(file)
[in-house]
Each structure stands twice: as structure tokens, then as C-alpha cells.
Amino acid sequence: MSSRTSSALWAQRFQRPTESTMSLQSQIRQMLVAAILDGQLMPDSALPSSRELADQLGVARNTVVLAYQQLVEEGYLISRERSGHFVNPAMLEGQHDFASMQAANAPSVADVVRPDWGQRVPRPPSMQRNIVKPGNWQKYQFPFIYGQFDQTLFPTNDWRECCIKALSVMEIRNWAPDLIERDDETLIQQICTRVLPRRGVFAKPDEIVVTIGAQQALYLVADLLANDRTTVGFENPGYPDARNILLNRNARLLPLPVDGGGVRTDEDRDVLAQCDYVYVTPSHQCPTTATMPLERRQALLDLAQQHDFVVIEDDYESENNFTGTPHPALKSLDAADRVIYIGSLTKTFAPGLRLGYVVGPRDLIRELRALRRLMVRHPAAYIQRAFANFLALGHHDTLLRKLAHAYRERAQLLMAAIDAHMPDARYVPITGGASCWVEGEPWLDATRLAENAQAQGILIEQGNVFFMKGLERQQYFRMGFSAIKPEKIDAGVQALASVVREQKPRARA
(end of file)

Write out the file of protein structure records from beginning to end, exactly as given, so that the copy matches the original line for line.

[in-house]
Each structure stands twice: as structure tokens, then as C-alpha cells.
Amino acid sequence: MSSRTSSALWAQRFQRPTESTMSLQSQIRQMLVAAILDGQLMPDSALPSSRELADQLGVARNTVVLAYQQLVEEGYLISRERSGHFVNPAMLEGQHDFASMQAANAPSVADVVRPDWGQRVPRPPSMQRNIVKPGNWQKYQFPFIYGQFDQTLFPTNDWRECCIKALSVMEIRNWAPDLIERDDETLIQQICTRVLPRRGVFAKPDEIVVTIGAQQALYLVADLLANDRTTVGFENPGYPDARNILLNRNARLLPLPVDGGGVRTDEDRDVLAQCDYVYVTPSHQCPTTATMPLERRQALLDLAQQHDFVVIEDDYESENNFTGTPHPALKSLDAADRVIYIGSLTKTFAPGLRLGYVVGPRDLIRELRALRRLMVRHPAAYIQRAFANFLALGHHDTLLRKLAHAYRERAQLLMAAIDAHMPDARYVPITGGASCWVEGEPWLDATRLAENAQAQGILIEQGNVFFMKGLERQQYFRMGFSAIKPEKIDAGVQALASVVREQKPRARA